Germany-based GEA is a big player in the supply of meat processing technology and, prior to IFFA, had gone through a rebrand to consolidate close to 200 affiliated websites and brands. At the trade show earlier in May, GEA unveiled a host of machines, including the MaxiFormer.
With the addition of the MaxiFormer, GEA is now able to offer meat processors a full 1,000mm wide machinery line that can defrost, grind, mix, form, coat, fry, cook freeze and package food items in one connected conveyor channel.
Through a rotating cylindrical drum designed with moulds to shape meat products, the MaxiFormer can produce products like chicken nuggets, fillet and tender steaks at fast speed, while maintaining shape retention and weight accuracy.
To avoid the meat sticking to the rotating drum during the shaping process, the moulds are designed with a porous material that enables air to travel through the drum and push the meat out of the cavity.
Using air pulse instead of a water spurts ensures meat forming is “cleaner and quieter and [also] lowers operation costs”, according to GEA spokesperson Nadine Gerndorf.
After the product is released, known as a ‘knock out’ effect in the machinery world, the product is sent on a conveyor belt to downstream equipment.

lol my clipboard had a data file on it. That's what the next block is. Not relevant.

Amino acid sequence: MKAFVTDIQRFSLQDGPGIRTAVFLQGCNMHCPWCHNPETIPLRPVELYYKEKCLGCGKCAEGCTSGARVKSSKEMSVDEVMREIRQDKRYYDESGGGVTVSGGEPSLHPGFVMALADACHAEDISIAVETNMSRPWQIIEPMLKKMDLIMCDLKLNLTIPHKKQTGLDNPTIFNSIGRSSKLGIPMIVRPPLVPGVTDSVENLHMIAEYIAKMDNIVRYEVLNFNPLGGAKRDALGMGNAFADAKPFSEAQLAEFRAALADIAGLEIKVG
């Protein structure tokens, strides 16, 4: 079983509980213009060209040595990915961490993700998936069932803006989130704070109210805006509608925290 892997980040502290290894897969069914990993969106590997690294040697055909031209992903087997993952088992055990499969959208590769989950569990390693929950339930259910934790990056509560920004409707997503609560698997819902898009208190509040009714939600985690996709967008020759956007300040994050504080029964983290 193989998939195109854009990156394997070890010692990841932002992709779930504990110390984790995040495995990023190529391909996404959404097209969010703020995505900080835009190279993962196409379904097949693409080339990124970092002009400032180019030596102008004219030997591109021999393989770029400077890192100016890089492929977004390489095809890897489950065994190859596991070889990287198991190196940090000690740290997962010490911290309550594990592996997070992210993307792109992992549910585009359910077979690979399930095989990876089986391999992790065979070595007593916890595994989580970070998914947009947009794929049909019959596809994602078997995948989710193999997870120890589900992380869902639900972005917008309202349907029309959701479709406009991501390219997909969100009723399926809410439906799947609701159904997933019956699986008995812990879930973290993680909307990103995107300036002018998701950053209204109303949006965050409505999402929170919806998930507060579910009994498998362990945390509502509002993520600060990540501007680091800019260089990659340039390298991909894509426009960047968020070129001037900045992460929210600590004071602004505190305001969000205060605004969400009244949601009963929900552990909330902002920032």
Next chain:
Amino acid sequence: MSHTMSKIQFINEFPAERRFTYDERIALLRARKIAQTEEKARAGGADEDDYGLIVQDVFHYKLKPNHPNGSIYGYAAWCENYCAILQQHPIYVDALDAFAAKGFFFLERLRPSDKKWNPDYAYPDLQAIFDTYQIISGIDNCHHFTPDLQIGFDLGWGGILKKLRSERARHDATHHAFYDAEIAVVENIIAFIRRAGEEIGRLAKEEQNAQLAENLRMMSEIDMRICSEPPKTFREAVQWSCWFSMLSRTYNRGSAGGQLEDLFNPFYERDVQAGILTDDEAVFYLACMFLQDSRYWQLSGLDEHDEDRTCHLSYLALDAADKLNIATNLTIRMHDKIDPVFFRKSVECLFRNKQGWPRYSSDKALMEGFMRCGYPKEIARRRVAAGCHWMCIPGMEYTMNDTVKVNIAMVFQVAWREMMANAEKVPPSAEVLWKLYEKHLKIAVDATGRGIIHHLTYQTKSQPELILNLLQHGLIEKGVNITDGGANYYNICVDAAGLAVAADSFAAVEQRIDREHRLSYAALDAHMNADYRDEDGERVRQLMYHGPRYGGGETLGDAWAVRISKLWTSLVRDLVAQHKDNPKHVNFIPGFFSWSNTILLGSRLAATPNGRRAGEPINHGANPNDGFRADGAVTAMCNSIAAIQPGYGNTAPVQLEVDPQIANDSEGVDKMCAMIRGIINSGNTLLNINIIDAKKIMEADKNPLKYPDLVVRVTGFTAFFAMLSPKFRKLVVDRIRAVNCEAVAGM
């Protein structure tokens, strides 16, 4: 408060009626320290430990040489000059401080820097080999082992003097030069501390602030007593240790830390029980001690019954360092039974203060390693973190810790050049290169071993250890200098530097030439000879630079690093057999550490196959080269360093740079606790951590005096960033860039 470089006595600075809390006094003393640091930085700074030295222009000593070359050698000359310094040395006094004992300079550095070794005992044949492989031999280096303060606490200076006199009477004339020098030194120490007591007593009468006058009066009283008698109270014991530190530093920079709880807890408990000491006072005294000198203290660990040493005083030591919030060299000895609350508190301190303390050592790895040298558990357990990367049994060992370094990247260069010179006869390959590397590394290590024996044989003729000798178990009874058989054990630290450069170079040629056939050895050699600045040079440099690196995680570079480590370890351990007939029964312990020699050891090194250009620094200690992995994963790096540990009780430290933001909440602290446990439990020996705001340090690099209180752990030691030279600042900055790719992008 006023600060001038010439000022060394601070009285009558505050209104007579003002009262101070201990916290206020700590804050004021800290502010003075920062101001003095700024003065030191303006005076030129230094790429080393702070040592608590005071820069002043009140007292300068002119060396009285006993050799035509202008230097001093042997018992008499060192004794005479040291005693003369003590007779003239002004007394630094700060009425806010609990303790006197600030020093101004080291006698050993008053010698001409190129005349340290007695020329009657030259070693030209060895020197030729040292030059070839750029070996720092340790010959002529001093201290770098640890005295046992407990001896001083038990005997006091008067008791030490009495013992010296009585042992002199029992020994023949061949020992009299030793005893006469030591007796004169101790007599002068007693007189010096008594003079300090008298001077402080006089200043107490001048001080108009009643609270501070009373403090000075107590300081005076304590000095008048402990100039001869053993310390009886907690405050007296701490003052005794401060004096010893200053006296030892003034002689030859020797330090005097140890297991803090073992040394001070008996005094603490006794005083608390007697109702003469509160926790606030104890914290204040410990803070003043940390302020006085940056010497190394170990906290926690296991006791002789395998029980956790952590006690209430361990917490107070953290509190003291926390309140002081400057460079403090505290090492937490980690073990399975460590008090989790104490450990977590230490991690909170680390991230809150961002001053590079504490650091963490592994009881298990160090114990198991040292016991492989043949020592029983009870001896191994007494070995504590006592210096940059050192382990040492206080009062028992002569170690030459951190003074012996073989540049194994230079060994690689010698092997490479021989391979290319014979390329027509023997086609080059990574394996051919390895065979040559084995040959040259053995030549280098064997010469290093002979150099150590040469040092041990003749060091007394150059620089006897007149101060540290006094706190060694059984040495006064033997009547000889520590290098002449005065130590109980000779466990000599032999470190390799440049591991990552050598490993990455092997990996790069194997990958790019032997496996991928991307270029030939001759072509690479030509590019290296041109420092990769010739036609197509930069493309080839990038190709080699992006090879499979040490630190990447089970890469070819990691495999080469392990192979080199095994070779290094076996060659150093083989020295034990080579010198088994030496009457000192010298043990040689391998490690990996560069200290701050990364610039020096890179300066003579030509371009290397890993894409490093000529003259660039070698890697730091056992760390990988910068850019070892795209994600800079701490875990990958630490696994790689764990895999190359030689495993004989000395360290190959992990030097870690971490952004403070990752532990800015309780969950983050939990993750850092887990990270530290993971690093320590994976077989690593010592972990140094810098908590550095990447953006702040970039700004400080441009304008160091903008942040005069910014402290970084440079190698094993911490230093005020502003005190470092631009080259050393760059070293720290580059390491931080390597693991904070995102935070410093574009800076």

The MaxiFormer has a top belt speed that can run at 30 metres per minute, while its rotating drum can do 34 rotations per minute.
GEA, which reported consolidated revenue of €4.6bn last year, also launched a three-stage meat cutter, the DualSlicer 1850, at IFFA. This can consecutively cut up to four meat logs simultaneously and has an automated rear loading system which reduce slicing downtime significantly.
DualSlicer 1850 has been designed in accordance with the highest hygiene standards from the US Department of Agriculture. Its sloped surfaces help water and moisture drain off easily, while its belts and conveyors are easy to remove to enable easy cleaning, said the company.